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Opinion

Haitian Diaspora Lack Vision to Wield Meaningful Influence in Haiti

By Bobb Rousseau and Rosi DeJean

The Haitian Diaspora faces an unresolved contradiction if it wants to deliver the needs of people in Haiti and to become the source of salvation for Haitians at home. However, they are failing miserably due to the fact they are so focused on fulfilling their own high expectations that they lose the sense of who they are and what they are about. 

The diaspora wants to build political power in Haiti through backdoor politics or infiltration into governments, not through mobilization, involvement, and engagement. 

They want economic power not through social entrepreneurship, but by agitating the right to vote although there is no law depriving them of such rights. They do nothing but whine about the $1.50 fee on money transfers and the small fees associated with international calls. They claim they are more educated than the Haitians in Haiti. They believe they are experts in governance, in economic development, public policy and they will make the best leaders if allowed.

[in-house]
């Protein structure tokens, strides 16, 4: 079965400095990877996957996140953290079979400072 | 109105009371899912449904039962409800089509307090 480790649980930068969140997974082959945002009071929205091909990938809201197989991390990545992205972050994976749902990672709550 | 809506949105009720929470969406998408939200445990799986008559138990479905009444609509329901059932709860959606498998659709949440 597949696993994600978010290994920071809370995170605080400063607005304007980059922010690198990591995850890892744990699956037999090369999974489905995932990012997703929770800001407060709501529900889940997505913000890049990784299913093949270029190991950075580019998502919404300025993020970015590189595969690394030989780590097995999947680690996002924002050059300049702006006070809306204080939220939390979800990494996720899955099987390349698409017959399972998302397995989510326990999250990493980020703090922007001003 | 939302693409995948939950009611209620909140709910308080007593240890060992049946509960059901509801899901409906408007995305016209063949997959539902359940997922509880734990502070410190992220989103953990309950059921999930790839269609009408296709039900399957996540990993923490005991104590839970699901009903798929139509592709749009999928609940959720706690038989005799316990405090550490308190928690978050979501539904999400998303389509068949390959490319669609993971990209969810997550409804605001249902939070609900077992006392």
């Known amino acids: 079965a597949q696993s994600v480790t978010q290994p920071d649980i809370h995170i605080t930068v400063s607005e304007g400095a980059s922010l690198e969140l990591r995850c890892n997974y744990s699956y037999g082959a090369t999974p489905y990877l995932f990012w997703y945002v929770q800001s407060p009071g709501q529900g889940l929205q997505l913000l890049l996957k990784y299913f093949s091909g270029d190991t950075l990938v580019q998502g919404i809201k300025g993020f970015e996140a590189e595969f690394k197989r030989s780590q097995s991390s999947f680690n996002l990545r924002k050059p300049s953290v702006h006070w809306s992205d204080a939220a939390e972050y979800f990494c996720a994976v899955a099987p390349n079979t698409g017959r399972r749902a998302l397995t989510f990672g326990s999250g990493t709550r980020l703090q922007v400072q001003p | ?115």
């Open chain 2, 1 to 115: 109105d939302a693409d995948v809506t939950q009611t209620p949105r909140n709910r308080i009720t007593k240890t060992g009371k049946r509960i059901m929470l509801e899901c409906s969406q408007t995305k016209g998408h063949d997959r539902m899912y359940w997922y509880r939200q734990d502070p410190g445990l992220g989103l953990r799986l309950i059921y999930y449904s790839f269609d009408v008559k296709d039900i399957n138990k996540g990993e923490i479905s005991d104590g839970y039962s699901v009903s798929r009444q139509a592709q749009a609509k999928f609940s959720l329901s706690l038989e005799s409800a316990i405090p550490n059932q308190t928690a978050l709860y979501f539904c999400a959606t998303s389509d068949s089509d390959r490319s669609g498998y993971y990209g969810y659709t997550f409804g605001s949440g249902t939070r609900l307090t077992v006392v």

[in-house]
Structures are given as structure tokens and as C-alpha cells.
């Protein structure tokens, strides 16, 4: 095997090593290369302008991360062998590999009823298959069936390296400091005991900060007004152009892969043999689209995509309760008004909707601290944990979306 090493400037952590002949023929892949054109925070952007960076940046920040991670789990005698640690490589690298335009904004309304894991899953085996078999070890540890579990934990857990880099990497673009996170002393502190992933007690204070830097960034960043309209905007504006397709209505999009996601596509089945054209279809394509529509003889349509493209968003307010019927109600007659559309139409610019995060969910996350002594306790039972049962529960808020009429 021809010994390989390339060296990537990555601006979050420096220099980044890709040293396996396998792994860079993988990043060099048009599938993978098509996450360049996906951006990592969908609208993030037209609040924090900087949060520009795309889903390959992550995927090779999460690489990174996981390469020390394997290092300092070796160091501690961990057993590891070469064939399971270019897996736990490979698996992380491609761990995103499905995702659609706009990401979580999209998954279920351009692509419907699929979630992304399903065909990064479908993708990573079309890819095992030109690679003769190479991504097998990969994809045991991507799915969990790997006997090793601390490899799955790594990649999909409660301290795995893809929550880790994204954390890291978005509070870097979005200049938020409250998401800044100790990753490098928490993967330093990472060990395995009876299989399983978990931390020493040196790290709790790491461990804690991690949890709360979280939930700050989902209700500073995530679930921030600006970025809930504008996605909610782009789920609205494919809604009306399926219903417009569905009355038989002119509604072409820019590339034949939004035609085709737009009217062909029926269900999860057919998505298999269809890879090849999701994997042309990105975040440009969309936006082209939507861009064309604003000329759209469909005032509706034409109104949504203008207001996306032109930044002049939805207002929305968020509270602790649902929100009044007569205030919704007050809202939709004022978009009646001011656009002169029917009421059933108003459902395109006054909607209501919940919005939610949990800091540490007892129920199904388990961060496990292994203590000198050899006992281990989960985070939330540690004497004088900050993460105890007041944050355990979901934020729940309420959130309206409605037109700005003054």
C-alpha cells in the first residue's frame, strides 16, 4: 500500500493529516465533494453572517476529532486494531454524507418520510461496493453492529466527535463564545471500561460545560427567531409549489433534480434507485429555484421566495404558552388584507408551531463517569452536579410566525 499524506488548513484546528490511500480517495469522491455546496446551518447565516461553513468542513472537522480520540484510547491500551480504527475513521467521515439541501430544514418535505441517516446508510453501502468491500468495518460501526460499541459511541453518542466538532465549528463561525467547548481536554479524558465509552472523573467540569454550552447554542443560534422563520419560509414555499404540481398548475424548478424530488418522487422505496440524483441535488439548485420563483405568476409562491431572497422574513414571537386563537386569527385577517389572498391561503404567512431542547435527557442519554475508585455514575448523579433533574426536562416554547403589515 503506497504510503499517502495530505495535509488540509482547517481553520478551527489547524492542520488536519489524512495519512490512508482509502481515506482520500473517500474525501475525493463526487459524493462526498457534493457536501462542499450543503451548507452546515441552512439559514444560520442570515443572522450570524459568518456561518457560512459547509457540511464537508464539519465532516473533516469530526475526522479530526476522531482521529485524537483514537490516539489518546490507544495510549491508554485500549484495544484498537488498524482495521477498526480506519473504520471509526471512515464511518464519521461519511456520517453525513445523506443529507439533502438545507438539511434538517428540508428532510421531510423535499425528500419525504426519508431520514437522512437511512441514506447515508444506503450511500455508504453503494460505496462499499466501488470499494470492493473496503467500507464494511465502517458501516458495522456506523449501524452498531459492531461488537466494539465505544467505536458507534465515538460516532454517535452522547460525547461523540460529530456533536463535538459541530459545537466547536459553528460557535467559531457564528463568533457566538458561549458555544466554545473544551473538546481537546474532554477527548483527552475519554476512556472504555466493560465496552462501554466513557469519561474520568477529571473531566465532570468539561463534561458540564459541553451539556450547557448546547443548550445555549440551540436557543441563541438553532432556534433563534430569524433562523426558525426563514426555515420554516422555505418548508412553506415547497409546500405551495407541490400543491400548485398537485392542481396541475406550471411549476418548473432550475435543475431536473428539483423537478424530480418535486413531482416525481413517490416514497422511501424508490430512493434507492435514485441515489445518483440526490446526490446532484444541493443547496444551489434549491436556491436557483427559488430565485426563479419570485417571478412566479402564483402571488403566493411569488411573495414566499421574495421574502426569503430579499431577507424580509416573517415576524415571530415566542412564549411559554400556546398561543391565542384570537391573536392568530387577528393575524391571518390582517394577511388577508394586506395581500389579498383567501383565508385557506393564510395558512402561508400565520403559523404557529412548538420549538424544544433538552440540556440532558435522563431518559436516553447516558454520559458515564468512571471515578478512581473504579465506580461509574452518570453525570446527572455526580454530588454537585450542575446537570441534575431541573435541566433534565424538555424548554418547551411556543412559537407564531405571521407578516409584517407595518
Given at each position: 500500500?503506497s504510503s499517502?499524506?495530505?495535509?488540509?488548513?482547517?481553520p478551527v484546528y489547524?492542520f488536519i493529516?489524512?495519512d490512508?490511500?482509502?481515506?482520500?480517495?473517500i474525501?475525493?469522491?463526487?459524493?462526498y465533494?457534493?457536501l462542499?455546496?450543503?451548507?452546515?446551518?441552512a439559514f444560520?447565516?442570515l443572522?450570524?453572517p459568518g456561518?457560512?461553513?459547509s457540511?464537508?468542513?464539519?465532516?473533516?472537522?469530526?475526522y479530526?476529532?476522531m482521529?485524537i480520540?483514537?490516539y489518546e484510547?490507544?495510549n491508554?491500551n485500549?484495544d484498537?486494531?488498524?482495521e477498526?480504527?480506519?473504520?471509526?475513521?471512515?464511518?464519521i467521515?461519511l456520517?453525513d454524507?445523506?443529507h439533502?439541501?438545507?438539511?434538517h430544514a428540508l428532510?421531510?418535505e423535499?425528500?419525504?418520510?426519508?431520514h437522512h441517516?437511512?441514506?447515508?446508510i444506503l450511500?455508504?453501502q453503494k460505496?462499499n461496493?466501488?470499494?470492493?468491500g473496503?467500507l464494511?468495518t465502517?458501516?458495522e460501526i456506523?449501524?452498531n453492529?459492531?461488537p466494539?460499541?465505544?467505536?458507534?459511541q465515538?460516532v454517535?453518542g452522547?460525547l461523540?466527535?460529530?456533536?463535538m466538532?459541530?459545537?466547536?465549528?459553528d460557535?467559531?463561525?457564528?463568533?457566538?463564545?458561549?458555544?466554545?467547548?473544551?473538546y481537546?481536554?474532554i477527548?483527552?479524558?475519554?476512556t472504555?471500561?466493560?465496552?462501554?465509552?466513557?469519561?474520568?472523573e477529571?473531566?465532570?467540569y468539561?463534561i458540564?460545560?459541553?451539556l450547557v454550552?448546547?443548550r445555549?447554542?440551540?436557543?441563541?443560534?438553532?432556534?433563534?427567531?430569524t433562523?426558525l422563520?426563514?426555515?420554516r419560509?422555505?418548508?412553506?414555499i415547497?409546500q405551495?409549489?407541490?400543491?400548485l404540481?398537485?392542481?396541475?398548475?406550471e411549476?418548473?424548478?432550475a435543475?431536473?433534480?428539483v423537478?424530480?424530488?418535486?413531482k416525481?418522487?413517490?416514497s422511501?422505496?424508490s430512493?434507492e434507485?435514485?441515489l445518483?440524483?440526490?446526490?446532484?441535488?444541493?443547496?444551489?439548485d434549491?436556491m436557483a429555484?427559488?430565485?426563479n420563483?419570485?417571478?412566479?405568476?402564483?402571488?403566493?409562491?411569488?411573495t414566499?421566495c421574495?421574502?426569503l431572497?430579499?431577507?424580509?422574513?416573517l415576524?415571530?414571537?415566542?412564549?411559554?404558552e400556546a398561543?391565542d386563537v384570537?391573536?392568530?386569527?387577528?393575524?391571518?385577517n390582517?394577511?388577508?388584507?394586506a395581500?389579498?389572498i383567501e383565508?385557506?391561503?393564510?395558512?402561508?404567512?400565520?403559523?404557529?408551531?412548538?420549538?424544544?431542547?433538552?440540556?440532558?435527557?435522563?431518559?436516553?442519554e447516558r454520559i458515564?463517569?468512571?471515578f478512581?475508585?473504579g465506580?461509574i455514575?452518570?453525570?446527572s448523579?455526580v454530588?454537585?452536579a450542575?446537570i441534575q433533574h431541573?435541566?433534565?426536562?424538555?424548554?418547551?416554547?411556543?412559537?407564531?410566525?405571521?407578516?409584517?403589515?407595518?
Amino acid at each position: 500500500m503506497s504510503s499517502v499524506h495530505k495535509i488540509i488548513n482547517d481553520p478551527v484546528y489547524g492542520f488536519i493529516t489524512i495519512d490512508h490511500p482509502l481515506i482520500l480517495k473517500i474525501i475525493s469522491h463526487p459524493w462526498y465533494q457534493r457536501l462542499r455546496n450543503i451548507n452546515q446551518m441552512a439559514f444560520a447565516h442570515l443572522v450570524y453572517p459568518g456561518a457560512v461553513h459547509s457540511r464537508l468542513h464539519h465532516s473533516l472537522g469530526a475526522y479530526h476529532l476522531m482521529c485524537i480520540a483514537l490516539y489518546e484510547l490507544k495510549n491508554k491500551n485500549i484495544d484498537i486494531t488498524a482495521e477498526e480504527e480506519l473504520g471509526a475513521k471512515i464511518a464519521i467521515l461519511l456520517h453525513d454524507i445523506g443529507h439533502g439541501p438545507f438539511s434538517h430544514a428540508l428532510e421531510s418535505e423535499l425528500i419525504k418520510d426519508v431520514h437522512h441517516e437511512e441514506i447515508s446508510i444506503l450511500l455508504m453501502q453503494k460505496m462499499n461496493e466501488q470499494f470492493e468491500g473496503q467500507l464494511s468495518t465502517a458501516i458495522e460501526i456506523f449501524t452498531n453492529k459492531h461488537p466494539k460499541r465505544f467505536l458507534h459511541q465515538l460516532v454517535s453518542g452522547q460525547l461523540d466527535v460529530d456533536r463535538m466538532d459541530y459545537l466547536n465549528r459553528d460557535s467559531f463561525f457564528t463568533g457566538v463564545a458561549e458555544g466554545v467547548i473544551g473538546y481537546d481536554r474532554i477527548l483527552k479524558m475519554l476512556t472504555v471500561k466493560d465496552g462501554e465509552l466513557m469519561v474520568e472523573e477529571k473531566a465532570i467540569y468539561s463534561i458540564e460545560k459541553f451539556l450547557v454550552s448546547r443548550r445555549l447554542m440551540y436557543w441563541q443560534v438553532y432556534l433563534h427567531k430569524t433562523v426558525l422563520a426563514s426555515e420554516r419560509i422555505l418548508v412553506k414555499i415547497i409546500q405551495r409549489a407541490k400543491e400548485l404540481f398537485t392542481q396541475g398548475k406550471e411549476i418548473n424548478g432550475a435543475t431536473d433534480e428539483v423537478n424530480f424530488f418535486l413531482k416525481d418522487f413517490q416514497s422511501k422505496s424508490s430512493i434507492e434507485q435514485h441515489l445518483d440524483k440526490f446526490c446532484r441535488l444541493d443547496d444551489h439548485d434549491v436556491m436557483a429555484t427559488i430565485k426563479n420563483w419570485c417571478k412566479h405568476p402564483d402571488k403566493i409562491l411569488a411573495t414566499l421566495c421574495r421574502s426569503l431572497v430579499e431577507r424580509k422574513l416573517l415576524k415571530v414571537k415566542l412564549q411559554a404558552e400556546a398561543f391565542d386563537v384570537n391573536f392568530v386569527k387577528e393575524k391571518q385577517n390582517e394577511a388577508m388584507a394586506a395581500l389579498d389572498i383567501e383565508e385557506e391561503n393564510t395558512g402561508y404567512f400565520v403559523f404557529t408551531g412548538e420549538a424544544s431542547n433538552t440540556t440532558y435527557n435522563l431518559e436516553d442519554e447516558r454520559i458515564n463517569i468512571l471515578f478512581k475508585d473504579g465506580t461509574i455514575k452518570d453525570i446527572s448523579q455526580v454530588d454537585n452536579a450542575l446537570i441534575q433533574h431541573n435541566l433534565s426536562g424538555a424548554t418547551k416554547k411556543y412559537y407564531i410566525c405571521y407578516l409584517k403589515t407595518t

They criticize, expose problems, denounce corrupt leaders, but they are yet to bring plausible solutions. They are so selfish that they even threaten to stop sending money to their loved ones if the government does not adhere to their wishes. Diaspora, do you know that your money transfers alleviate individual poverty, not community economic empowerment.

Hands down that the diaspora has unlimited potential to succeed, but they lack the leadership, organizational, problem-solving, and decision-making skills necessary to achieve a fraction of what “we the people” expect from them. The amount of Haitian diasporic organizations indeed substantiate that diaspora wants to be involved, but it also reveals a stronger proof that they want a piece of the pie.